The purpose of this is to see what type of scorecard, index, or ranking works well. Budgetpedia's Toronto Annual Budget Scorecard (TABS) hopes to evaluate the city of the Toronto's budget by comparing it with cities of a similar size. Other scorecards exist but few are specific to Toronto or to a municipal budget. This paper examines some that exist. They were found using a simple Internet search. The first 12 that were relevant (municipal oriented, reflecting policy items that would impact a budget) were selected. An attempt was made to mix scorecards created by non-profit agencies as well as for profit business and media organizations. This was to get a wide variety of examples.
After reading through 12 existing systems I noted their methodology, evaluated what I felt were positive attributes for each, and record criticisms I think were warranted. Next I tried to see if I could recognize any trends in the methodologies. Below I begin with the overall findings and then follow up with each of the 12 different scorecards.
The main theme that emerged from examining the 12 different types of ranking systems is that complexity should be avoided, and that background qualitative information needs to be provided at the expense of volume of data. It would also be beneficial to create original data and not recompile existing information.
1. A good background explaining what is meant by a metro's political vs. geographical boundary, and basic demographics
Toronto's Vital Signs Report and Toronto Region Board of Trade's Scorecard on Prosperity both give good background regarding what is meant by the city boundary that is being studied. The political boundary of a city may be different from the economic boundary. Toronto's border ends at Steels Ave., but many people consider Markham and Richmond Hill by what is meant by Toronto. When comparing cities it is important to state what is the exact area being compared and why. Also, including the basic demographics of a city helps to visualize other issues that are being discusses, such as total size of the budget.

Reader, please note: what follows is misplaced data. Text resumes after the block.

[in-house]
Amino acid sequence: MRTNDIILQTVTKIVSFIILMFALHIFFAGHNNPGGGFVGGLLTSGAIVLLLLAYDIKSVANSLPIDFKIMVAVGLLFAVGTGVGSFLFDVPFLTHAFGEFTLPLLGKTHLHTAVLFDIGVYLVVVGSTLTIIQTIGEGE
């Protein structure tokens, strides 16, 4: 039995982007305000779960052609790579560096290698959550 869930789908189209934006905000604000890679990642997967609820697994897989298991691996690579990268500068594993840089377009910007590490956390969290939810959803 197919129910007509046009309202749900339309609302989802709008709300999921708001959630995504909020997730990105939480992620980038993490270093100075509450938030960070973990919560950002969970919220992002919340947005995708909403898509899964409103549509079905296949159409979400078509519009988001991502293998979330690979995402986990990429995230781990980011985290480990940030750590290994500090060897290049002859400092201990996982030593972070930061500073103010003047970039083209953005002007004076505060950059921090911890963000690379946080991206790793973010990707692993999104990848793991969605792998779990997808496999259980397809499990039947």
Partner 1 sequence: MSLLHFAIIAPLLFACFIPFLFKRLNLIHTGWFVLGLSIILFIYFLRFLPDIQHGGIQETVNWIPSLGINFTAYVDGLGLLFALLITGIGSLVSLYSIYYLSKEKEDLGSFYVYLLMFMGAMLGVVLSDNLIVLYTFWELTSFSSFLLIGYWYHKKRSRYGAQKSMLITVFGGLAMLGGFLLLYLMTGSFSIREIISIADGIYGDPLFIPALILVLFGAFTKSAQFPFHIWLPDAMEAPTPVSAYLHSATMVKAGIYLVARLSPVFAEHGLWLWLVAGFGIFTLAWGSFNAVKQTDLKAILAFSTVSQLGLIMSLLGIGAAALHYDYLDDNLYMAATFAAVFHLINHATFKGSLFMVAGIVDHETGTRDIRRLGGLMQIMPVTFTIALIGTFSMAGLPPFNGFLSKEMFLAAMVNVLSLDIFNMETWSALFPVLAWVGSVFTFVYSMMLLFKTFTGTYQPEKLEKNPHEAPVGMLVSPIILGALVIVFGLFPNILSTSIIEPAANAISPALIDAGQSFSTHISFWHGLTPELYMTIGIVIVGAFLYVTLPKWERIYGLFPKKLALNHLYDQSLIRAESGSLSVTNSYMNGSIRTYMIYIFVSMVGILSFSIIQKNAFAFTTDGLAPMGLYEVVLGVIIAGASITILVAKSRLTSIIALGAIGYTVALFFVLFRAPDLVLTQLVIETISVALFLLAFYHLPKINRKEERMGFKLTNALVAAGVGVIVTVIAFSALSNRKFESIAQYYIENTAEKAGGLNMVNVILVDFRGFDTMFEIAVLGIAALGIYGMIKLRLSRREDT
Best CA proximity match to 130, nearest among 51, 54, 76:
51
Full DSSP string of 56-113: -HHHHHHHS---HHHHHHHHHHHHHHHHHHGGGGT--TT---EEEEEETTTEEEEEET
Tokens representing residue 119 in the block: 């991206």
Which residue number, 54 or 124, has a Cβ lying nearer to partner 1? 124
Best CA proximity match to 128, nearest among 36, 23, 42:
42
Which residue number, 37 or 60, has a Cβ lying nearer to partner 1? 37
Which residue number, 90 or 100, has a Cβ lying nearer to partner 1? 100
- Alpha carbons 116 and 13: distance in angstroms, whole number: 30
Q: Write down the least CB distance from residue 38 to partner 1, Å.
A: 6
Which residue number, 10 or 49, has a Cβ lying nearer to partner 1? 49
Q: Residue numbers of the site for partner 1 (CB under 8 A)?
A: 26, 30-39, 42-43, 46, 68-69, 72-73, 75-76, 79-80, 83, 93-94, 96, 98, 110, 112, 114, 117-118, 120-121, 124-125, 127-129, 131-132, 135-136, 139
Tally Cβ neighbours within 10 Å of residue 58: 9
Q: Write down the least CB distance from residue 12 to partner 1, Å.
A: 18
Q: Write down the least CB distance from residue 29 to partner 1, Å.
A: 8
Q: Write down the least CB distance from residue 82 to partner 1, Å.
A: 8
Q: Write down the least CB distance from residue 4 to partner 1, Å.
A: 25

2. Use a simple score (so that it can be adapted by others / sum up neatly any meta-data analysis)
A simple score makes a comparison between several cities easier to digest. Perhaps the best example of this would be the Globalization and World Cities Research Network (GaWC), this uses the designation of Alpha, Beta and Gamma to rank cities. These groups are easy to remember. Though GaWC has a complex networking analysis to rank each city the resultant rankings summarize the network analysis impressively. A simple ranking also means that the rankings can be easily used by others. The Mercer's Quality of Living Ranking, The Global Financial Centres Index 21, and the World Justice Project all have simple rankings for cities. However by merely ranking cities in order the studies make the mistake of projection too much accuracy for the research tool used. Is there a real difference between a city ranked 271 and 272? GaWC ranked ordered categories is ideal in that its categories are wide enough to include several cities. Cities like Sydney and Chicago are listed in the same category.
3. Create some original data (through surveys)
The Global Financial Centres Index 21 uses on online questionnaire as part of its methodology as does the World Justice Project, Rule of Law Index. This gives these two ranking systems data not available from other sources. Many of the other reports compile their indexes from mainly published governmental statistics. Original data can also be created through the building of a formula that transforms available data; if the formula has significant enough meaning in it and is reflective of a critical theory. The GaWC used sophisticated network analysis and social networking theory to do just this.